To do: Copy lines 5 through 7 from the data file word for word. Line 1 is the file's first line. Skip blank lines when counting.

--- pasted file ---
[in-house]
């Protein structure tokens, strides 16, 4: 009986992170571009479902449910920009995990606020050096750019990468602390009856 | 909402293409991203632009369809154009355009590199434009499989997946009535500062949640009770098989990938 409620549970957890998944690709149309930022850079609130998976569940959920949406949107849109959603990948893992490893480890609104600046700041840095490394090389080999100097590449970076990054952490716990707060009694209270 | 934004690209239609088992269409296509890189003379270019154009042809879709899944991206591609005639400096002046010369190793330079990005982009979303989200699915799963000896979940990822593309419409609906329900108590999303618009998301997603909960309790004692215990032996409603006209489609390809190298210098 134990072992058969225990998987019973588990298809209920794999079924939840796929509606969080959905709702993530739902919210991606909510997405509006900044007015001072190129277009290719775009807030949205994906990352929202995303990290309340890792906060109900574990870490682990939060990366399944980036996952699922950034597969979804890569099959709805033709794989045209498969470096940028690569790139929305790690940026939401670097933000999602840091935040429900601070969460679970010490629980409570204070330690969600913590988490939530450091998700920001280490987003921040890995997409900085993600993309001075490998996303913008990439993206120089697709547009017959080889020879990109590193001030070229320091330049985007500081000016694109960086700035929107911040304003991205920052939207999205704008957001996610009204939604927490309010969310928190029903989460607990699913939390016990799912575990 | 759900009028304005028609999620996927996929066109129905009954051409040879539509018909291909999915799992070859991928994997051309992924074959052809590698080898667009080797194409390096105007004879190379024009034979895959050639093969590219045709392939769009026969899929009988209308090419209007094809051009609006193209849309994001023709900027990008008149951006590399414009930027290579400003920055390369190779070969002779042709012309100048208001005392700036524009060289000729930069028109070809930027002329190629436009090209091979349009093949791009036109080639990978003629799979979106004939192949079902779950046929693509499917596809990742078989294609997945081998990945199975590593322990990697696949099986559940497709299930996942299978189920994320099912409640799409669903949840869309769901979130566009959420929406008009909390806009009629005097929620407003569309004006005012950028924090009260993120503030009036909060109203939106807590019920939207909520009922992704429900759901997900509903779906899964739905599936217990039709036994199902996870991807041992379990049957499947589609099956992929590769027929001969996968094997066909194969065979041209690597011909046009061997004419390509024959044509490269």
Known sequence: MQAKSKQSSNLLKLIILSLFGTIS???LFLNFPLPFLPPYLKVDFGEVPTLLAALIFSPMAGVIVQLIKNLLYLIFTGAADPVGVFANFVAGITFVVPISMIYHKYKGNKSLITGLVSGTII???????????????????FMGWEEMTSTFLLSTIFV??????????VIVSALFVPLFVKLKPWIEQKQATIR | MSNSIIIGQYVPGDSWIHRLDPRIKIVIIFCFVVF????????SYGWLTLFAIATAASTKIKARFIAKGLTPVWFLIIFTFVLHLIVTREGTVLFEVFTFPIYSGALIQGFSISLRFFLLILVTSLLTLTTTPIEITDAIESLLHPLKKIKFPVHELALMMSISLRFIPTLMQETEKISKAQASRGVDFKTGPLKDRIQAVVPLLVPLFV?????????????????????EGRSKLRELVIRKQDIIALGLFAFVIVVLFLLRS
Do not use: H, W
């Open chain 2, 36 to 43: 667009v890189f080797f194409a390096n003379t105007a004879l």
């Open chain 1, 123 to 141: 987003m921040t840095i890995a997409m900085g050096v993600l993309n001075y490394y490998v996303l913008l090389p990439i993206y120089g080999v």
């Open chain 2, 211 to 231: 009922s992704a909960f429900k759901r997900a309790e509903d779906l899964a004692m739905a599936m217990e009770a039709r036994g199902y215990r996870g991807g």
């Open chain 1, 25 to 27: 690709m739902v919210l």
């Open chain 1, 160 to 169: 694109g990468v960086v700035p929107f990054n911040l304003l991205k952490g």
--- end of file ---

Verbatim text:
């Open chain 2, 36 to 43: 667009v890189f080797f194409a390096n003379t105007a004879l």
């Open chain 1, 123 to 141: 987003m921040t840095i890995a997409m900085g050096v993600l993309n001075y490394y490998v996303l913008l090389p990439i993206y120089g080999v």
């Open chain 2, 211 to 231: 009922s992704a909960f429900k759901r997900a309790e509903d779906l899964a004692m739905a599936m217990e009770a039709r036994g199902y215990r996870g991807g």